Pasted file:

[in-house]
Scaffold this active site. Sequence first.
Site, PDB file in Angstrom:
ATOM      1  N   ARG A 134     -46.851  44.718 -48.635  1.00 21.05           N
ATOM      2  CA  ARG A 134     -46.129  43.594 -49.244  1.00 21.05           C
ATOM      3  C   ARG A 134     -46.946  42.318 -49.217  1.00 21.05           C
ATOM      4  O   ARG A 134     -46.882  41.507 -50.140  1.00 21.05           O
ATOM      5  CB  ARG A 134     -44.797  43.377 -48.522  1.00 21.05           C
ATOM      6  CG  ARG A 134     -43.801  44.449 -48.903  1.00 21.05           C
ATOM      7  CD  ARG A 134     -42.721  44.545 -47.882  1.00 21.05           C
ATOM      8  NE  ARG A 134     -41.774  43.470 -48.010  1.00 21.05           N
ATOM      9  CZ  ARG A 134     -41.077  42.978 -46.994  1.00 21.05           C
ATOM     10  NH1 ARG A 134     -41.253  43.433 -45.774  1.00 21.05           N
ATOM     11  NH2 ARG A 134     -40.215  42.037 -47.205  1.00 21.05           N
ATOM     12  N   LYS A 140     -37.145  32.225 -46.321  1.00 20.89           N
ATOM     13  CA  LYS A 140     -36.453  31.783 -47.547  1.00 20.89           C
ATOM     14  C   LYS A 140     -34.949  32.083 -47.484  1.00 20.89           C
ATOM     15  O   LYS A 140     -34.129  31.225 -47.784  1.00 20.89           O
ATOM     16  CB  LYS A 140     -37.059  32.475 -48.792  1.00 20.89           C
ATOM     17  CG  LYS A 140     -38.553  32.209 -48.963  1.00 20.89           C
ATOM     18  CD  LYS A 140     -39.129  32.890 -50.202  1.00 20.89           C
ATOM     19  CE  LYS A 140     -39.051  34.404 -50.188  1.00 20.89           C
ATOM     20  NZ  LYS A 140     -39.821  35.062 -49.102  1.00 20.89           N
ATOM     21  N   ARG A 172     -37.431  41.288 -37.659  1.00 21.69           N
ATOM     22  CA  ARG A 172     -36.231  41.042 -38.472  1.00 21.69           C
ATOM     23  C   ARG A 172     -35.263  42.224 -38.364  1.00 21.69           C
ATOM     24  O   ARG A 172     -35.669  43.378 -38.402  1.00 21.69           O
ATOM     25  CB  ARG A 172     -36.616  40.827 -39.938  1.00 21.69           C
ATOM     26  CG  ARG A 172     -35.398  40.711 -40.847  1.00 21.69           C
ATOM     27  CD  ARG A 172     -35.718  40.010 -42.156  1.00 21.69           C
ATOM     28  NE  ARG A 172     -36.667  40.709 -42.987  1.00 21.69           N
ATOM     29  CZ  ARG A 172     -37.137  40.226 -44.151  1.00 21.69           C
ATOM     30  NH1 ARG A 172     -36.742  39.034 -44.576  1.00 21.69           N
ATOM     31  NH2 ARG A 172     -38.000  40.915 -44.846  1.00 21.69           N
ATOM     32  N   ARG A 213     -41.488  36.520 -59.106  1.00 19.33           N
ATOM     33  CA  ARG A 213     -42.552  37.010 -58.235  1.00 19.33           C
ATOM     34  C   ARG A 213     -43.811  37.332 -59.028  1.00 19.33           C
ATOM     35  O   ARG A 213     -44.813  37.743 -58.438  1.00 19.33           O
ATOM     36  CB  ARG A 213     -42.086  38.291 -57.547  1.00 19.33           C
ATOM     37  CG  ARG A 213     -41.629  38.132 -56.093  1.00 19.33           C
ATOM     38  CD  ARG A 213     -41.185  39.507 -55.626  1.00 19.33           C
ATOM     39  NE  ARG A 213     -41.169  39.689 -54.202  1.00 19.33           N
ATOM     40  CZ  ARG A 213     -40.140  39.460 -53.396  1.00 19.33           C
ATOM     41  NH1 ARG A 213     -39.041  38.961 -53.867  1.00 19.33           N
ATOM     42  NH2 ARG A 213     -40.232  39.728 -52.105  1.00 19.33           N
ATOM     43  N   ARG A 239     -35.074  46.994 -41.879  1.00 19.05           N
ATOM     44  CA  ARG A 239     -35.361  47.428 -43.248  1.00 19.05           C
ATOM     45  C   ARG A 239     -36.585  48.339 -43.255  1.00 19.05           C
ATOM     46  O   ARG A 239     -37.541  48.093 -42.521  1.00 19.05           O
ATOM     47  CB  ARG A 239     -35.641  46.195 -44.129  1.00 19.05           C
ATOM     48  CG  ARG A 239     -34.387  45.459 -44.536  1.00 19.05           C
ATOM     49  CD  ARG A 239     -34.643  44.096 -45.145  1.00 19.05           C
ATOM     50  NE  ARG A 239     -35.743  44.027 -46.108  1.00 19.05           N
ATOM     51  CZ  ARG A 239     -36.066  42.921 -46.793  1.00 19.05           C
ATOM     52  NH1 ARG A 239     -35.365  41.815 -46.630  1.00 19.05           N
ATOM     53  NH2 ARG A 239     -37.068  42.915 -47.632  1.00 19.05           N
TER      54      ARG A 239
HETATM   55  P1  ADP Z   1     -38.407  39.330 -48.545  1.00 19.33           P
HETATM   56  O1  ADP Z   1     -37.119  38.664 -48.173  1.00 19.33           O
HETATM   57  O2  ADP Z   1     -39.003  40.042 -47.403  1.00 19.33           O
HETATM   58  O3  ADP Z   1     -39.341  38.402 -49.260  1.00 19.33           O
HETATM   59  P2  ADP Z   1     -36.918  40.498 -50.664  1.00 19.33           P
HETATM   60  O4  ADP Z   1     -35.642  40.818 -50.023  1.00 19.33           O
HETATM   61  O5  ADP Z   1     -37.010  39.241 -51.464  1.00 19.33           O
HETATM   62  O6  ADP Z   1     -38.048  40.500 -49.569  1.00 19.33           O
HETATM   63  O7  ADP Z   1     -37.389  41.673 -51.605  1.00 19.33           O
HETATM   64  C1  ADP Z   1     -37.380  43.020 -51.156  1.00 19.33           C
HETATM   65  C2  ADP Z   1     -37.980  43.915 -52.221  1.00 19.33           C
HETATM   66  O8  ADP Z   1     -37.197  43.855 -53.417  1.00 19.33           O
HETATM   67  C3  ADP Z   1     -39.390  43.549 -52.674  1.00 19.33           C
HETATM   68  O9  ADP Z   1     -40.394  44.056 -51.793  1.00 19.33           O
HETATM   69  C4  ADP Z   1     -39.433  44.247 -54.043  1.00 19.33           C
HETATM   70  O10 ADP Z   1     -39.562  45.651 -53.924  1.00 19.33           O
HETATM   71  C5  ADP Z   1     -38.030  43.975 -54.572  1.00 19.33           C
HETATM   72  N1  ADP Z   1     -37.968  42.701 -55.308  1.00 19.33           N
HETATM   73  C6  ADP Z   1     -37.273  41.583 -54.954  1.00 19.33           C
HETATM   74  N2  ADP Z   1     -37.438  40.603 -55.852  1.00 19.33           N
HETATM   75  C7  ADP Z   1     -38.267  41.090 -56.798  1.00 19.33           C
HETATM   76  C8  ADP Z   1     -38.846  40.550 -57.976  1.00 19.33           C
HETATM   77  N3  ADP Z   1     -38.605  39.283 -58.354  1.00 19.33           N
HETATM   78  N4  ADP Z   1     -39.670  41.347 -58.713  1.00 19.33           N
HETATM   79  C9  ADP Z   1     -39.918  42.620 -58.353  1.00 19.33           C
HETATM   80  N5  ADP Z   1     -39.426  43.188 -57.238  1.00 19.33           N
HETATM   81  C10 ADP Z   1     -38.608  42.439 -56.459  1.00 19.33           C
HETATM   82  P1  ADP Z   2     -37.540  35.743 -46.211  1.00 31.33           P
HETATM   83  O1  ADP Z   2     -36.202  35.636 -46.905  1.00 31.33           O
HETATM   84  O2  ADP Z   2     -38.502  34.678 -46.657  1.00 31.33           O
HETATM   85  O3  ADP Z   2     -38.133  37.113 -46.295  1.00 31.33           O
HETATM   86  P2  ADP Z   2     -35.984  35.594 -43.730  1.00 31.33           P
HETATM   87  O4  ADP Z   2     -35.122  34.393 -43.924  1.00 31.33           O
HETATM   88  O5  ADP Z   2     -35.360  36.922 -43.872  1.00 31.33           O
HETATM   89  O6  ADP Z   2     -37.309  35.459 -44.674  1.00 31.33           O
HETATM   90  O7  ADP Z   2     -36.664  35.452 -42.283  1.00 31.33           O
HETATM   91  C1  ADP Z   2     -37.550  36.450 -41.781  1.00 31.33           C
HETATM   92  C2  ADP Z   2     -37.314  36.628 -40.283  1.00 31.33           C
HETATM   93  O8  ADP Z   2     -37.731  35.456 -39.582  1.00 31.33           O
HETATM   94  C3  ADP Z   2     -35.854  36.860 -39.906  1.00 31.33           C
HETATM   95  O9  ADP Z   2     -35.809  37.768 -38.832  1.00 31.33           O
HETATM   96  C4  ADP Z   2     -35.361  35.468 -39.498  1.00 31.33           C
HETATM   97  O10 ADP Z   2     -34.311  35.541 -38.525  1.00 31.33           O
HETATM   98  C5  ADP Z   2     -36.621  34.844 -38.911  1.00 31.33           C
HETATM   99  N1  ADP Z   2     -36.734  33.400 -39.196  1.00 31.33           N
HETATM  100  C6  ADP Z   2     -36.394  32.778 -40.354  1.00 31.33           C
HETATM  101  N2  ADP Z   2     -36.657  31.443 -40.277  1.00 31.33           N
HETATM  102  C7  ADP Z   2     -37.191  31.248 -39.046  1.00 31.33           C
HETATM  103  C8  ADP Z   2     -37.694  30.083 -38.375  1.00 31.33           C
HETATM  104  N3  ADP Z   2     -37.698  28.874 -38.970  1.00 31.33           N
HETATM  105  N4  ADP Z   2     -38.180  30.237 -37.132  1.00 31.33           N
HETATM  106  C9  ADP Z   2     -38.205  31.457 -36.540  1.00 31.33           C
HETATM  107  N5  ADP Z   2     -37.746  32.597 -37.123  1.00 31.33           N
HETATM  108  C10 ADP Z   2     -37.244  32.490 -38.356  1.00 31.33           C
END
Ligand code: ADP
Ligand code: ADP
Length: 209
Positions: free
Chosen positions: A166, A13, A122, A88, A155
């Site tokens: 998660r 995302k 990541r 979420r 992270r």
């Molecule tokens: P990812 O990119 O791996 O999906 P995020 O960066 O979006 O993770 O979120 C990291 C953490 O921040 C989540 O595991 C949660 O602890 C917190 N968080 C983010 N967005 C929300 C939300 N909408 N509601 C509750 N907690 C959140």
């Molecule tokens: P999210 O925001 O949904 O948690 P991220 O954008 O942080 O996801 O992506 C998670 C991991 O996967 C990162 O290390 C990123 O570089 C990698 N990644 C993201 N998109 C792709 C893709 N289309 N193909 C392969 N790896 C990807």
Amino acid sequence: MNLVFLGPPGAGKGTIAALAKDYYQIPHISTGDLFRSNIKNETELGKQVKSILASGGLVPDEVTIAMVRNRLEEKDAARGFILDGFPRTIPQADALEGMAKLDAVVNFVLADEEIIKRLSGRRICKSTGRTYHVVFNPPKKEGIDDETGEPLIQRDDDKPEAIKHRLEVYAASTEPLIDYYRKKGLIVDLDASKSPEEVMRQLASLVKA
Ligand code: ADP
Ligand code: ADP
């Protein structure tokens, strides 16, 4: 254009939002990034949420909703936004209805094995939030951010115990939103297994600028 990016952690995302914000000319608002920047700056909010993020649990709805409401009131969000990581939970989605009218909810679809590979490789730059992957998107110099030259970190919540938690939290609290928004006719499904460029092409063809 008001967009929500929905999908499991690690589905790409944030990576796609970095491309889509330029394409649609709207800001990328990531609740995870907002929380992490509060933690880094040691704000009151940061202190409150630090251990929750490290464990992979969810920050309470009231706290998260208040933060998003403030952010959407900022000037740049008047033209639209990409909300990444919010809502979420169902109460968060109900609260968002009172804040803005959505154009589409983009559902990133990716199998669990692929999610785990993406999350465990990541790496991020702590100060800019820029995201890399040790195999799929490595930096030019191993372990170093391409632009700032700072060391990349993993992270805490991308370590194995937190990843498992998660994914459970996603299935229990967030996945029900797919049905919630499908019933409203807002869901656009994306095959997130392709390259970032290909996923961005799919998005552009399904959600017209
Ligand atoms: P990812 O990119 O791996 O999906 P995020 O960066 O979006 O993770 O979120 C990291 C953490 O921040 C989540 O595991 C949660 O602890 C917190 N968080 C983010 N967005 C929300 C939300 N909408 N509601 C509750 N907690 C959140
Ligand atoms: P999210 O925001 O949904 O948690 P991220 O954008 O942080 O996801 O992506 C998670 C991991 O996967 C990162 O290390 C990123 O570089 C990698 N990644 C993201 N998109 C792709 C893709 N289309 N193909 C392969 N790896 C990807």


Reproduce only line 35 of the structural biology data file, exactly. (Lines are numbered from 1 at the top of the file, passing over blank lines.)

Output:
ATOM     32  N   ARG A 213     -41.488  36.520 -59.106  1.00 19.33           N